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Performance Tracker 2022/23: Spring update - Children's social care

Referrals have returned to pre-pandemic levels while the the number of children remaining in care has increased pressure on the system.

A small girl reaching into a box with games. In front of her is a board with artwork on.

The pandemic made it more difficult for local authorities to ensure children’s safety, exacerbating existing long-term problems facing the sector. During the height of the crisis, limited spare capacity in the residential sector fed into higher costs as authorities sought out accommodation. The number of children in care remained at an all-time high as fewer children could be safely discharged – this is despite referrals to social services falling dramatically, principally during lockdowns.

Since the reopening of schools, referrals have returned to pre-pandemic levels. Yet it is still too early to know whether ‘missing’ lockdown cases will show up or the extent of additional harm suffered by children during this time, though there have been some notably tragic cases. Following several highly critical reviews calling for radical overhauls of the children’s social care system, the government launched a long-term plan for the sector, which has been criticised for the scale and speed of response. The children’s social care workforce will be critical to the delivery of any reforms but the sector is struggling with chronic shortfalls  leading to a reliance on costly agency staff.

This chapter examines children’s social care in England. These services are provided by upper tier local authorities, which are legally obliged to provide support for disabled children, to protect children from harm, and to take responsibility for ‘looked-after children’, including through foster and residential care placements.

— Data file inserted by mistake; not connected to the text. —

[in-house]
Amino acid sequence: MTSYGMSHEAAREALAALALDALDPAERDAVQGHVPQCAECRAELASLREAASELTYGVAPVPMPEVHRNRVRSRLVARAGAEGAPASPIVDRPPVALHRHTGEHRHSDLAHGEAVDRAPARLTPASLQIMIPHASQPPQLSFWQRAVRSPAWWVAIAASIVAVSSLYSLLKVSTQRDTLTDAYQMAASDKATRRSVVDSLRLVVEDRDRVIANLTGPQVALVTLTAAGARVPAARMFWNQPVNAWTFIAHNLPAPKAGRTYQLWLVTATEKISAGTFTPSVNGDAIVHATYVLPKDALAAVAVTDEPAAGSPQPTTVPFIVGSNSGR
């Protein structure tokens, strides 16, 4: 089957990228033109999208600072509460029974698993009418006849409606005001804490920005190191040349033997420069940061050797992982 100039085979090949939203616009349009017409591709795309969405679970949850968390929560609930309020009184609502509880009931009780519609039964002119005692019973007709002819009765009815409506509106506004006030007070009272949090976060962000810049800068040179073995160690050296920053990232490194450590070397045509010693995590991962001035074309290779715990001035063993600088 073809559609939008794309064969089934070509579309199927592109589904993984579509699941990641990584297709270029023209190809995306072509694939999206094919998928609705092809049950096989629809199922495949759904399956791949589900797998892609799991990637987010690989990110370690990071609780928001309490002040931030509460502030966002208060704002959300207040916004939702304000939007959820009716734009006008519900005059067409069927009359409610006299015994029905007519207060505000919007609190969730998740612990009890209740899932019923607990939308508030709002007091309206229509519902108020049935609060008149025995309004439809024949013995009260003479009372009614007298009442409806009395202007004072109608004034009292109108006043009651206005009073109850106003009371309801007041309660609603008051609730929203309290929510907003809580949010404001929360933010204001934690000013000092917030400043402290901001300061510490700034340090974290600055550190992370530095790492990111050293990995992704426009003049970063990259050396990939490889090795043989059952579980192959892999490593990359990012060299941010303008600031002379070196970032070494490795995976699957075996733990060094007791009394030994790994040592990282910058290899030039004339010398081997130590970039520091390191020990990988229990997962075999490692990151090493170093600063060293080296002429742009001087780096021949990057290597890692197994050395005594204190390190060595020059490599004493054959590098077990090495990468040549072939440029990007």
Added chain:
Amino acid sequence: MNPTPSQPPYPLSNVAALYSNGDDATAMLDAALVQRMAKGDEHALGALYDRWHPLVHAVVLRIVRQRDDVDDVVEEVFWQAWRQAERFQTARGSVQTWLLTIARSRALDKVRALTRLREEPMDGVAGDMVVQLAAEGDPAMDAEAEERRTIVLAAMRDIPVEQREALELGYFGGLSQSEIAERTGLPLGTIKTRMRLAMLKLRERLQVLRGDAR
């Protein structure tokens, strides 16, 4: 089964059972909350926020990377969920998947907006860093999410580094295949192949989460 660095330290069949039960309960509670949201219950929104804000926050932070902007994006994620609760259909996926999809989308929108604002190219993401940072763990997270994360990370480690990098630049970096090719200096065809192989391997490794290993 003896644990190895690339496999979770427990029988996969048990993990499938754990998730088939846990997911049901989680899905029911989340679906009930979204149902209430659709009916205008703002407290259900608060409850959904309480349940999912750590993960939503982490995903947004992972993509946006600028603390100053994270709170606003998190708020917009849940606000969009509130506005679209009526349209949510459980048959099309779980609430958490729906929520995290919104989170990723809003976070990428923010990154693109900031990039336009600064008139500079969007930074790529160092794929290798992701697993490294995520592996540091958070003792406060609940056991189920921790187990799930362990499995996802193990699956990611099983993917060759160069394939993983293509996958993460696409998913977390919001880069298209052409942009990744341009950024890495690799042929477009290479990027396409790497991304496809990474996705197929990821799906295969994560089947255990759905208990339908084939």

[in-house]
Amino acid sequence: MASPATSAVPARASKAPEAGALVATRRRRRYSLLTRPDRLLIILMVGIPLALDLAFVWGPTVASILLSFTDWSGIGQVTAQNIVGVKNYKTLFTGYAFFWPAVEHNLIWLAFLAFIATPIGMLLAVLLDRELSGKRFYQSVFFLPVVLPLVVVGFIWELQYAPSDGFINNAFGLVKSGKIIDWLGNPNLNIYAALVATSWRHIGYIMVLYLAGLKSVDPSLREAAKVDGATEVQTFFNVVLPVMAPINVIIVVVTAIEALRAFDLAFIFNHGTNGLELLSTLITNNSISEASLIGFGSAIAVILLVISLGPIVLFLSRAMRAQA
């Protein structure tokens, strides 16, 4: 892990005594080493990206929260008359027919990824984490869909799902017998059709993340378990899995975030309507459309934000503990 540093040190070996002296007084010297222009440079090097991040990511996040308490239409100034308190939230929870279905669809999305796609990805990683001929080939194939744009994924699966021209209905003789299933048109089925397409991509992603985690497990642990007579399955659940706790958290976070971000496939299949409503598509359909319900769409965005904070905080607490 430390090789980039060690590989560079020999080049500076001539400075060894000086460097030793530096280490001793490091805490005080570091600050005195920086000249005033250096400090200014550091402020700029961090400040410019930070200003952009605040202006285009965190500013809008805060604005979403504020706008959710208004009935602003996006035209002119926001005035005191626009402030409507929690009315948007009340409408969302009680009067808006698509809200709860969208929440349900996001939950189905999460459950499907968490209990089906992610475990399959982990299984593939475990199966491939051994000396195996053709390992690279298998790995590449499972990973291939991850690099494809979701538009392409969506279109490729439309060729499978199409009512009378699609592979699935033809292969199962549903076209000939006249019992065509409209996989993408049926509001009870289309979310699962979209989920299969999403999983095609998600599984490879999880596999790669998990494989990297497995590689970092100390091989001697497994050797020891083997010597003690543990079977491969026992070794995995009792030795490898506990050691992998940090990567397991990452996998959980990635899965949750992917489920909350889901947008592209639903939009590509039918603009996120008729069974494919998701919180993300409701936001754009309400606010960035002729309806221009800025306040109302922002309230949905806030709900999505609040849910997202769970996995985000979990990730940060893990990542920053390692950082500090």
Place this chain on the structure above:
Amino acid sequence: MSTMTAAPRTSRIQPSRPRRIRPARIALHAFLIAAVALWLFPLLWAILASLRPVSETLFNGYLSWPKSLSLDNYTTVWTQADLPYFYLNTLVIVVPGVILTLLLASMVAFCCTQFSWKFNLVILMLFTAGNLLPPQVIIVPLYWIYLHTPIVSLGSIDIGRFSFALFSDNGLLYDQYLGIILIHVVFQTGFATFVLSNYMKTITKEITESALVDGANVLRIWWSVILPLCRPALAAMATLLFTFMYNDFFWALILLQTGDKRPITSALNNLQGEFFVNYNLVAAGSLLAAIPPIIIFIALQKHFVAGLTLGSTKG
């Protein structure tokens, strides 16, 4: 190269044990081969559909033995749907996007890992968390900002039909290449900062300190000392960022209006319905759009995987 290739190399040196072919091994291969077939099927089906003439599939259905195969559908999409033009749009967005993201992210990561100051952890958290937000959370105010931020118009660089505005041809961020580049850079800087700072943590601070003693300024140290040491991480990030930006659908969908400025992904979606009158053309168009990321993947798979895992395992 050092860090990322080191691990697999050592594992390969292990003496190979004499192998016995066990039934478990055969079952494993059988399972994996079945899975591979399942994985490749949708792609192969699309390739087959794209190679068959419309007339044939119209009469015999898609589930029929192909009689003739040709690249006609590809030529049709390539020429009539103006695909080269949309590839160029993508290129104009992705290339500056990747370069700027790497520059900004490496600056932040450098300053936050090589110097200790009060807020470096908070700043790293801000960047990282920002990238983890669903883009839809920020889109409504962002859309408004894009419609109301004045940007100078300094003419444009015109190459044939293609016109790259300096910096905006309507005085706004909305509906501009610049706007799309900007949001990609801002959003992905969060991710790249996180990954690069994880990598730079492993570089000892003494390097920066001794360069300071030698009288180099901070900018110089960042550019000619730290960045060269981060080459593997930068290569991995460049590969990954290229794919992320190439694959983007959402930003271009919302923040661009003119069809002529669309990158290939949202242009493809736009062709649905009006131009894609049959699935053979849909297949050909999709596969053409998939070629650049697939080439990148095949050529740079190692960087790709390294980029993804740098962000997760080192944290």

Spending on children’s social care is increasing pressure on local authority budgets 

Local authorities spent £11.1 billion on children’s social care in 2021/22, a 41% rise in real terms compared to 2009/10. 135 Department for Education, ‘Local authority and school expenditure: 2021 to 2022’, 8 December 2022, www.gov.uk/government/statistics/la-and-school-expenditure-2021-to-2022-financial-year By comparison, the children’s population grew by less than 10% over the same period. The sustained increase in children’s social care spending continues to squeeze other areas of local government spending. 136 Atkins G and Hoddinott S, Neighbourhood Services Under Strain: How a decade of cuts and rising demand for social care affected local services, Institute for Government, April 2022, www.instituteforgovernment.org.uk/publication/neighbourhood-services-under-strain